Three Points of Critique
I’m on board one hundred percent when Davidson is critiquing YEC. However, I do have some points of criticism and here I will list the top three: concordism, intelligent design, and the unaddressed topic of divine action.
For the purposes of this review, I will define concordism as “A system of exegesis aimed at establishing a concordance between biblical texts and scientific data.” (source) YEC is classic concordism as it seeks to correlate various biblical assertions (e.g. “Let there be light”) with specific scientific claims (e.g. the Big Bang).
With that in mind, it is somewhat ironic to accuse Davidson of also falling under the concordist spell, but such as it is. This does seem to me to be the case, especially when he addresses various passages in Genesis 1-11. My first example pertains to that curious passage in Genesis 6 where we read that the “daughters of men” engaged in sexual relations with the “sons of God”, thereby producing hybrid creatures known as the Nephilim. A curious text fitting as a mythic narrative told around the campfire: but Davidson proposes that it could be, in fact, describing interbreeding that occurred between Homo sapiens and Neanderthals and Denisovans (91).
I admit that Davidson’s proposal is an interesting one. But when I set aside the YEC hermeneutical baggage I see in Genesis 1-11 a collection of etiological myths that God appropriated into his divine text. (In this context, “myth” does not mean falsehood but rather a structuring story with universal import because it conveys something about the nature of the world in narrative form.) It seems to me just misguided to attempt to correlate these narratives with scientific data points in earth history.
While there may be a superficial plausibility to concordist theses like Davidson proposes, I think that plausibility disappears upon closer examination. While I’m no scientist, as I understand it, according to current estimates, the Neanderthals died out approximately 40,000 years ago, which would be more than 30,000 years before the first human writing system. From my view, it strains credulity to think the claim that the event of Homo sapiens interbreeding with Neanderthals and/or Denisovians was either maintained in an oral tradition for tens of thousands of years or that it was supernaturally revealed under the aegis of the curious Genesis 6 narrative that we have.
Concordism also appears to be in the background of Davidson’s treatment of the Noahic flood. Once again, his proposal is interesting if not ingenious. Davidson proposes interpreting the Noahic flood by way of the Mediterranean flooding the Black Sea region, an actual event in earth history. This is how he describes it:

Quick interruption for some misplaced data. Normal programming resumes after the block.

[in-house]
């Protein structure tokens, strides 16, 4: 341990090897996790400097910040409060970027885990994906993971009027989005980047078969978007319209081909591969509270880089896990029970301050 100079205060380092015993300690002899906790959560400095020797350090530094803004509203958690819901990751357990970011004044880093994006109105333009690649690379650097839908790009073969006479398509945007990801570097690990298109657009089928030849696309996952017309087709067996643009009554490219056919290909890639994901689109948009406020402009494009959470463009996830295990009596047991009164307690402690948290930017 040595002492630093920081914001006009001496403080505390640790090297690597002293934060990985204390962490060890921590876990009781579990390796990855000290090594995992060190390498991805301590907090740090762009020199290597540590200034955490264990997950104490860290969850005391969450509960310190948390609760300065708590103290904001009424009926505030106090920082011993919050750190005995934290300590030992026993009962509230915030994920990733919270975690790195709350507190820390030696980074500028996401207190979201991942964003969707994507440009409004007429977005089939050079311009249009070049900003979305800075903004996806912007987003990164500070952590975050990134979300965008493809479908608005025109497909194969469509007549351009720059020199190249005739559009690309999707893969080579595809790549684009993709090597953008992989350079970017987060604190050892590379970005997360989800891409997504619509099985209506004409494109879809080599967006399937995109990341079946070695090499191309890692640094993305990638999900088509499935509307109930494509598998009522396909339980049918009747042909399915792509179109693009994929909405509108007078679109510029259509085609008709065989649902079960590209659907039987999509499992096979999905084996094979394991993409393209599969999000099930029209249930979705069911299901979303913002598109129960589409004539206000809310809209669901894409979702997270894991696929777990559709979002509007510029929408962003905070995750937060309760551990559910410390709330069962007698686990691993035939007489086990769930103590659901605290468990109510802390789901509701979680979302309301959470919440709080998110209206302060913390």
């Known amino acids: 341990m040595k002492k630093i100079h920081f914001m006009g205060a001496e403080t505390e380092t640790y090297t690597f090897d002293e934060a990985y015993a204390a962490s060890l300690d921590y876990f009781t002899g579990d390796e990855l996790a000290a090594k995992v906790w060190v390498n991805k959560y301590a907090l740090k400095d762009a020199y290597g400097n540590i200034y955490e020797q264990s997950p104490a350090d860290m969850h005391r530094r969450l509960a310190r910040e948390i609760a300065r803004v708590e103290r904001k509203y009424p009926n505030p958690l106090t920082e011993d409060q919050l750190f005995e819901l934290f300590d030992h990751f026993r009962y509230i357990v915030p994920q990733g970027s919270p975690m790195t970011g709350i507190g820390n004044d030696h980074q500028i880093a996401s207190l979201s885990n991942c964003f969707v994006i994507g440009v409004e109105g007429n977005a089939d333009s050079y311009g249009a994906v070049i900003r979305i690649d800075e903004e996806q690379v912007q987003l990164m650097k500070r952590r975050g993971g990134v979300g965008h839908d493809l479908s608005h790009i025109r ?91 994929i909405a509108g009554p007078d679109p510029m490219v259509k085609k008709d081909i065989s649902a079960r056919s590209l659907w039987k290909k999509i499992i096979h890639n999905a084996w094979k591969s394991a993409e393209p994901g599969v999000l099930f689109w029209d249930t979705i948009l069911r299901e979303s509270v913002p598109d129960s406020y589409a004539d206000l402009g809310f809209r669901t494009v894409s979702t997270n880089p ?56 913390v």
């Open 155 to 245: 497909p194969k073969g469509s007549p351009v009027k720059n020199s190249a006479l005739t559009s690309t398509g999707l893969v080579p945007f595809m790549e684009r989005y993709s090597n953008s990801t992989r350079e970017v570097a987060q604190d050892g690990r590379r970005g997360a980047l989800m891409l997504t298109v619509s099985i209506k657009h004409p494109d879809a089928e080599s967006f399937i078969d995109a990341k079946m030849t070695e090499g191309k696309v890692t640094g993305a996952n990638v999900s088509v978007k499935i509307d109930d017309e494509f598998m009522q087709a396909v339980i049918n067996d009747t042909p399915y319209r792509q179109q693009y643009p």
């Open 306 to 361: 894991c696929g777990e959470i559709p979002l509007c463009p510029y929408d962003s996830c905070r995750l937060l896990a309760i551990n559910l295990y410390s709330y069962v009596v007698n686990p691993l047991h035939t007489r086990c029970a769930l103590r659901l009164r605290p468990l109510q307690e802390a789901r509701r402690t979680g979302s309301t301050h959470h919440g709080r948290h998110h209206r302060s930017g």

“Torrential rains begin to fall at the same time that water begins to pour into the Black Sea from the Mediterranean. The ark, built on the shores of the sea, soon begins to rise. The ark drifts far into the sea during the rain. For months after the rain, land is too far beyond the horizon to be visible. No evidence of animal life can be found, and even fish have died from the rapid introduction of salt water from the Mediterranean. All flesh as far as the eye can see dies. As Noah relates the story to his children and grandchildren in the years following the flood, he describes what he observed, the whole of the land was covered with water.” (114)
While this is an interesting and innovative suggestion, a closer analysis immediately suggests multiple problems. For example, the primary mechanism for Davidson’s flood is not forty days of torrential rain pouring down from a reservoir held above by a hard dome. Rather, it is a large body of water inundating a low-lying region. In addition, the flooding of the Black Sea was most surely not sufficient to plunk the ark atop Mt. Ararat.
There are additional problems, of course, but at this point, one must ask: what motivates the need to ground the Genesis flood in a historical event? Granted, there may be a vestige of an event in natural history that corresponds with this narrative (one that is also retained in other narratives like the Enuma Elish and the Epic of Gilgamesh), but that doesn’t change the fact that the narrative itself is anything but sober history. Indeed, it turns out that the Noahic is a highly structured chiasm and the center is Genesis 8:1: “But God remembered Noah…” By focusing on a vindication of the text in natural history, we just might miss the point.